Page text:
Well, internet is full of op amp tutorials. Wasting time for writing yet another tutorial which will say nothing new is not efficient. What I’ll do is to search for good tutorials and list them. I’ll also read/watch them and if I have something to add – I’ll write it. Also if you have troubles understanding something – drop me a line and I’ll try to explain it.
A few misunderstandings
A common problem I meet in tutorials is that no current flows into and out from the inputs of an opamp. You will find that sometimes reasonable amount of currents can flow into the inputs – sometimes nanoamps. It’s not much but could be a lot depending on resistors you choose and also the gain. Keep in mind that input current cause an error into the input voltage, which is then amplified by the gain of the op amp circuit. so if you have an error 10 mV and gain is 100 then the error in the output is 1V. So input current is not always negligible. Also the current direction of the inputs can be any direction in or out.
Inputs have the same voltage
A lot of tutorials state that op amp does whatever is required to equalize the voltage on positive and negative inputs. Well that’s only true if the schematic is designed correctly. So a better way to say that is: Whenever the positive input is higher than the negative input, the output voltage will rise until the inputs are equal or until maximum output voltage (positive rail – some voltage) is reached. Also whenever the negative input is higher than the positive input the output will lower until the inputs are equal or until the minimum voltage (negative rail + some voltage) is reached. A common examples of both inputs not being equal are:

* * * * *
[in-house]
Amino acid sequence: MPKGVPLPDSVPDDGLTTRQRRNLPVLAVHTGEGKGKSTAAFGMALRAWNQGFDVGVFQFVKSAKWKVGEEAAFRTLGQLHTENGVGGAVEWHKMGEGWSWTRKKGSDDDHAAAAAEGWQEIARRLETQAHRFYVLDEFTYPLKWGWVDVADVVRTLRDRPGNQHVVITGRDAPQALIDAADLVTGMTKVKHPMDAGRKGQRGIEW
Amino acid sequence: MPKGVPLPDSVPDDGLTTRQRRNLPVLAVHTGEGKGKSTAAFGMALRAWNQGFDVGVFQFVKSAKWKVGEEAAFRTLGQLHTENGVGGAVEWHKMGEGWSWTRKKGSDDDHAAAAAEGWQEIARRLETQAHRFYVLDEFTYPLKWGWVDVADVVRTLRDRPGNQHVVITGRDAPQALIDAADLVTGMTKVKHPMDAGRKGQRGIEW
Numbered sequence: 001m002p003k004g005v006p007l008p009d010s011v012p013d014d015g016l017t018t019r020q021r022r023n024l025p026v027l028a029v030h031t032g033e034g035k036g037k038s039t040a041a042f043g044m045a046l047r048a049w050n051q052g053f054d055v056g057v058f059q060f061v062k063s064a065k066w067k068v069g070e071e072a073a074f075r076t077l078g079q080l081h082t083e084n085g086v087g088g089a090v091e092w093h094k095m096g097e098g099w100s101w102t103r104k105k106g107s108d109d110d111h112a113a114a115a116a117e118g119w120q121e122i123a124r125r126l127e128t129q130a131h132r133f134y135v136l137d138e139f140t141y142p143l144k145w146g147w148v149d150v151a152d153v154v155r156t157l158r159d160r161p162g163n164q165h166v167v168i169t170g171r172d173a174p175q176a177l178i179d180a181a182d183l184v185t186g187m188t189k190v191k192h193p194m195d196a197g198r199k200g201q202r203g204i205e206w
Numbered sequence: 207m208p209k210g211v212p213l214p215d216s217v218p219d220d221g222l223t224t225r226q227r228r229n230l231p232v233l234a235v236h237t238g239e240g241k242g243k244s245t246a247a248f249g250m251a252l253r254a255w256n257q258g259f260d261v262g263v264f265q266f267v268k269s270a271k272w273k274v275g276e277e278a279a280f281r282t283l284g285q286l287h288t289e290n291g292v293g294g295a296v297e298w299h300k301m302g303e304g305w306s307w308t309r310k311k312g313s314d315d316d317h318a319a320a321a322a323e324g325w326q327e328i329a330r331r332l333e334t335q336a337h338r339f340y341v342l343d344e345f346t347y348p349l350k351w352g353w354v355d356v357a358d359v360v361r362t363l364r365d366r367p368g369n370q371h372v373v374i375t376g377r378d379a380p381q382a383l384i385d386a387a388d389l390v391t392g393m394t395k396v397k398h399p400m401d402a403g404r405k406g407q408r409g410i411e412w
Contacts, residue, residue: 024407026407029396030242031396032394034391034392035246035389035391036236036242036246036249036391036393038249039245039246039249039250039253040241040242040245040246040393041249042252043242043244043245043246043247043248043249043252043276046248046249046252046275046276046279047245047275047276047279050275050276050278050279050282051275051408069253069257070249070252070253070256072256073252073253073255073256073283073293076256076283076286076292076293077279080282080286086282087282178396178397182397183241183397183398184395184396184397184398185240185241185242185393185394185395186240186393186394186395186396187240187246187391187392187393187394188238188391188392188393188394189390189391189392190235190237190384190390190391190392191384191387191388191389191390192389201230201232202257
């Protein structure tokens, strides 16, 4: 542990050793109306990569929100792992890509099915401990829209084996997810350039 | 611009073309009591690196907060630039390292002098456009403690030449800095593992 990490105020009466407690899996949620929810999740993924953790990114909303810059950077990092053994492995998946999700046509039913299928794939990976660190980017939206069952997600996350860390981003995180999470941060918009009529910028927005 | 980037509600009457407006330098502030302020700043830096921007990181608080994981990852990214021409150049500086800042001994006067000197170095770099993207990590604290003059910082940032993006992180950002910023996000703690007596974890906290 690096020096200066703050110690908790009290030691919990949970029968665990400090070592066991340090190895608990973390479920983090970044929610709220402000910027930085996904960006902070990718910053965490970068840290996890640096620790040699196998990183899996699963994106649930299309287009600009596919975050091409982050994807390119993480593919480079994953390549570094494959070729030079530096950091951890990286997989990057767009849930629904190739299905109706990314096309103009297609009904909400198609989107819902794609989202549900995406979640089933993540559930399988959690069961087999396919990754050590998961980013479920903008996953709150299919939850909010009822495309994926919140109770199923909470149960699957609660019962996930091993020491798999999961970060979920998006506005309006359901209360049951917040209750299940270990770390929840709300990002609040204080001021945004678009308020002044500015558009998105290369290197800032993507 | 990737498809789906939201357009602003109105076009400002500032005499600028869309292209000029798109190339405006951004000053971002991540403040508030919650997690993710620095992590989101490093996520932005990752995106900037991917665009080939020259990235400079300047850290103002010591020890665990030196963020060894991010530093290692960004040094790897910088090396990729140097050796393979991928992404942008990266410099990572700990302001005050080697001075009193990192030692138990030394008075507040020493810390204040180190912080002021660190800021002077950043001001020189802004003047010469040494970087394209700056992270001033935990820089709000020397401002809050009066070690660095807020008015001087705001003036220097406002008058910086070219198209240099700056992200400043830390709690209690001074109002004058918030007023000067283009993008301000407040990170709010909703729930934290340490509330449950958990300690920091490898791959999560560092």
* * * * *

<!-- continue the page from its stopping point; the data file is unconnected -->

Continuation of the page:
- when you put feedback and gain resistors on positive input instead on negative. Let’s take LM358 for example. You want to make non inverting amplifier but you revert + and – on inputs. You set the gain to 10, you put 0.1V on (-) and you expect 1V on the output. Well op amp starts with 0V on it’s output, so when you start the circuit there will be 0V on the output and the same on (+) input. So (+) is lower then (-) and the opamp will try to lower the output voltage in order to equalize inputs – and it’ll go all the way to the negative rail – if it’s single supply -0V, if it’s split supply it’ll go to -Vcc. So if output is -Vcc then the (+) input will be -Vcc/gain. This makes it an inverter with crappy Schmitt trigger input. Once you lower the (-) below -Vcc/gain the output will jump right to the +Vcc.
- Op amp basics – what is an operational amplifier and how does it work
- Basic op amp circuits – this is different, I swear.
- Op Amp parameters – suggest videos
- Op amp tutorials
- Op amp parameters tutorials – parameters of op amps, what do they mean and how to measure them and use them in calculations- suggest articles